Handcuffed and held in a vice-like grip, Tara Brown battled to maintain her composure as she was shoved roughly by the head into a police car outside a Lebanon court.
The typically dignified veteran journalist was seen only fleetingly alongside Brisbane mother Sally Faulkner after their one-minute appearance at a Beirut hearing into the botched 60 Minutes child abduction.
And that's exactly the way the police force wanted it, according to The Australian's journalist Jacquelin Magnay, who was at Baabda court as the case was adjourned until Wednesday.
"When Tara was taken outside, there was a lot of subterfuge going on," she told 2UE radio this morning. "They didn't want anybody seeing the women come in or out of court and, amazingly, all the media were staking out every back entrance of this court, which is a little bit of a rabbit warren, and they walked her out the front door."
It's the reason there was no video footage of the accused. "The cameramen were running down the street to try and get the shot," said Magnay. "Where you see the policeman pushing Tara's head down, that was not to put her in the car, it was to stop her turning her head to look at the cameras."
There's little sympathy for the TV crew and child recovery agents in the local community as they fight to get off kidnapping, physical assault, hiding information and criminal conspiracy charges that could see them locked away for 20 years.
"They [local media] are quite outraged that two Lebanese children have been kidnapped off their grandmother in the middle of a Hezbollah area and they feel that it's an affront to the family," said Magnay.
"Certainly, the image of Australia coming in and snatching two children is not being portrayed in a very favourable light."
Lawyers for the Channel Nine prisoners and the children's Lebanese father, Ali Elamine, are only communicating through intermediaries. Mr Elamine was reportedly tipped off about the kidnapping plot by a family friend and by looking at Ms Faulkner's emails on an iPad through which she was Skyping the children.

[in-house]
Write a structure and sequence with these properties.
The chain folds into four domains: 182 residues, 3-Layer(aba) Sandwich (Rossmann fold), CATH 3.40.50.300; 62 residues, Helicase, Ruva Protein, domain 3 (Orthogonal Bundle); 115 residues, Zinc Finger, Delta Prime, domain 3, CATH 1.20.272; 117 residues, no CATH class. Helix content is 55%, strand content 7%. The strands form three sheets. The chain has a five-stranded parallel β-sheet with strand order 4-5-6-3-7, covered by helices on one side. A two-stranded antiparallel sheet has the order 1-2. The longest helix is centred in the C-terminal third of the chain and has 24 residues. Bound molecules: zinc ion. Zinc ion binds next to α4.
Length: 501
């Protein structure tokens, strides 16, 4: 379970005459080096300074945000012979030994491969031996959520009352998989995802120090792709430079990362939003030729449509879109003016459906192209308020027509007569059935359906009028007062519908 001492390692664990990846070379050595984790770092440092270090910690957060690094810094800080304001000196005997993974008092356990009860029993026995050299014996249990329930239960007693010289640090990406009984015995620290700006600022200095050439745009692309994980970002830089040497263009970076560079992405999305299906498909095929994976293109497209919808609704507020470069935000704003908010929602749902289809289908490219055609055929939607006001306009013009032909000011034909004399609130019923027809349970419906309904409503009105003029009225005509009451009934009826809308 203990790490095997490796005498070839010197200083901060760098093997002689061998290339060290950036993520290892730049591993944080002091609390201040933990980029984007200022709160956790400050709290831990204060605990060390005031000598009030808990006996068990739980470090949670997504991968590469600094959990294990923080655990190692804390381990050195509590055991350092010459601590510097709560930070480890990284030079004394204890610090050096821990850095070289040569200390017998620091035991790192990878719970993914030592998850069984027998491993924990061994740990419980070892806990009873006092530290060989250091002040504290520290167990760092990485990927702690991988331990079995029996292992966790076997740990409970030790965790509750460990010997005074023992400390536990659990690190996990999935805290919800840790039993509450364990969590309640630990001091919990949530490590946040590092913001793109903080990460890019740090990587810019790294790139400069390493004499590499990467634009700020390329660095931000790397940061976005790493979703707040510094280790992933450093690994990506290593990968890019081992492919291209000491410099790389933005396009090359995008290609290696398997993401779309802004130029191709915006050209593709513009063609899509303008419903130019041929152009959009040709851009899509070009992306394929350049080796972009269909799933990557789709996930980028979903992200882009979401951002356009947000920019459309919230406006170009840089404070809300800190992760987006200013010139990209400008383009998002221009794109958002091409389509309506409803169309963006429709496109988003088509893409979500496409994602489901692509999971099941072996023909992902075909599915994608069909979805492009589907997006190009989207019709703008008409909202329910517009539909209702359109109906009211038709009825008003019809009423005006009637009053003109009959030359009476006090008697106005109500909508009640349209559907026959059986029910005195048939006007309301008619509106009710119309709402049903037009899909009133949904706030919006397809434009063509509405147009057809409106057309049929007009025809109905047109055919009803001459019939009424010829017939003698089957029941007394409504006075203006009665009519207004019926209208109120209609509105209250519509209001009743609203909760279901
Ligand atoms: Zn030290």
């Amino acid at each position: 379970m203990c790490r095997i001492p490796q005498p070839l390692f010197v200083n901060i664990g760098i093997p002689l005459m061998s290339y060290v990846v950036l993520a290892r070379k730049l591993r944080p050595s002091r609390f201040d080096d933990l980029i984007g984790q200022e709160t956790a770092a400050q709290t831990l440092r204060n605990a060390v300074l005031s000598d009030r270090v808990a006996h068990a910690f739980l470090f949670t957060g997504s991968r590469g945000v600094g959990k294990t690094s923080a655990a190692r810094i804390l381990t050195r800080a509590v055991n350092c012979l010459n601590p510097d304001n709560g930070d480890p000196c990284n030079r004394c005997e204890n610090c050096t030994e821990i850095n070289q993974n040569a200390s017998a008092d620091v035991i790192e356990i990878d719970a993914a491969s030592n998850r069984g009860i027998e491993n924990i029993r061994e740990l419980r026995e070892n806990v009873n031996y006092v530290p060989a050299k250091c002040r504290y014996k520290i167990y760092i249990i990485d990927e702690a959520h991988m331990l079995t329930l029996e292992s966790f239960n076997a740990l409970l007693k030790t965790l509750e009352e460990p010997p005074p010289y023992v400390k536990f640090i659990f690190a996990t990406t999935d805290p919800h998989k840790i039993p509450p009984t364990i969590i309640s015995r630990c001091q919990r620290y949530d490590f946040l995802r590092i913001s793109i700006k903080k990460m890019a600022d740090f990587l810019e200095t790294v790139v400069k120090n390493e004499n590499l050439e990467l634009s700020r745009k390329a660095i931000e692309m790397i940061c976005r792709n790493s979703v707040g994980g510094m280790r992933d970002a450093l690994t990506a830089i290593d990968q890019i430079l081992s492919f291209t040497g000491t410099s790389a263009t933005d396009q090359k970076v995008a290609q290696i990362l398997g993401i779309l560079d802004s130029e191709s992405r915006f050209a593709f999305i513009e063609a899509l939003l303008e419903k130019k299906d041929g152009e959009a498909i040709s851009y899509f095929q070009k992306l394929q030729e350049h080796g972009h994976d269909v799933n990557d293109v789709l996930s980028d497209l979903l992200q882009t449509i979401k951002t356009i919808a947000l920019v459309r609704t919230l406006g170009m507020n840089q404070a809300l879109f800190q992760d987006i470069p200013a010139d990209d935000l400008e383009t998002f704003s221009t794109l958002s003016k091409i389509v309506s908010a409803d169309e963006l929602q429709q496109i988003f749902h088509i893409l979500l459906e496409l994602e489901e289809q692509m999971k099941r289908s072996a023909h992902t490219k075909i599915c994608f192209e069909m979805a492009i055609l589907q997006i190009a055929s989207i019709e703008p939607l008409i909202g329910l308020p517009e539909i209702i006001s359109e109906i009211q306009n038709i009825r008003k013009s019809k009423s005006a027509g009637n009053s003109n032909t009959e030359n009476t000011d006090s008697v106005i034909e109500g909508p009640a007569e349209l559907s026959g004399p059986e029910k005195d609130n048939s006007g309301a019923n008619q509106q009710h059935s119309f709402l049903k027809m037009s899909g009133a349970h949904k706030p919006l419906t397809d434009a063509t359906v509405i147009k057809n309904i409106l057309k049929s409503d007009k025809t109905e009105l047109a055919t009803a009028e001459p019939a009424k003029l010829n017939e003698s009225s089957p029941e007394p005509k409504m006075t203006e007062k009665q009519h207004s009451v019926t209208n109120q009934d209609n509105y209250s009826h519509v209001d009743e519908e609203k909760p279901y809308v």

Chief planner Adam Whittington claims he was paid $115,000 for the operation directly by Channel Nine for the operation, and has the receipts to prove it.
"The issue is where it was done, the father kicked off about what was going to happen, so they were walking into a trap," said Magnay.
"There's enormous diplomatic efforts going on but I don't think that they're, it's becoming very effective."
Mr Elamine, who took five-year-old Lahela and three-year-old Noah to his home country last year, appears determined not to give the TV crew "a free pass." Both parents have what they believe to be the legal right to custody of their children, obtained in their separate countries.
Magnay believes the next few days will be critical for Channel Nine's Brown, Stephen Rice, David Ballment and Ben Williamson, with their lawyers fighting to reach an agreement before the weekend.
"Channel Nine is trying to do deals, I mean, how big is the chequebook?" asked Magnay. "The problem is the family, the Elamine family, is very rich so money is not really going to make a huge amount of difference.
"They will want the big public apology, they will want some enormous amount of compensation just to repair their respectability and I really can't see this being concluded in any short time."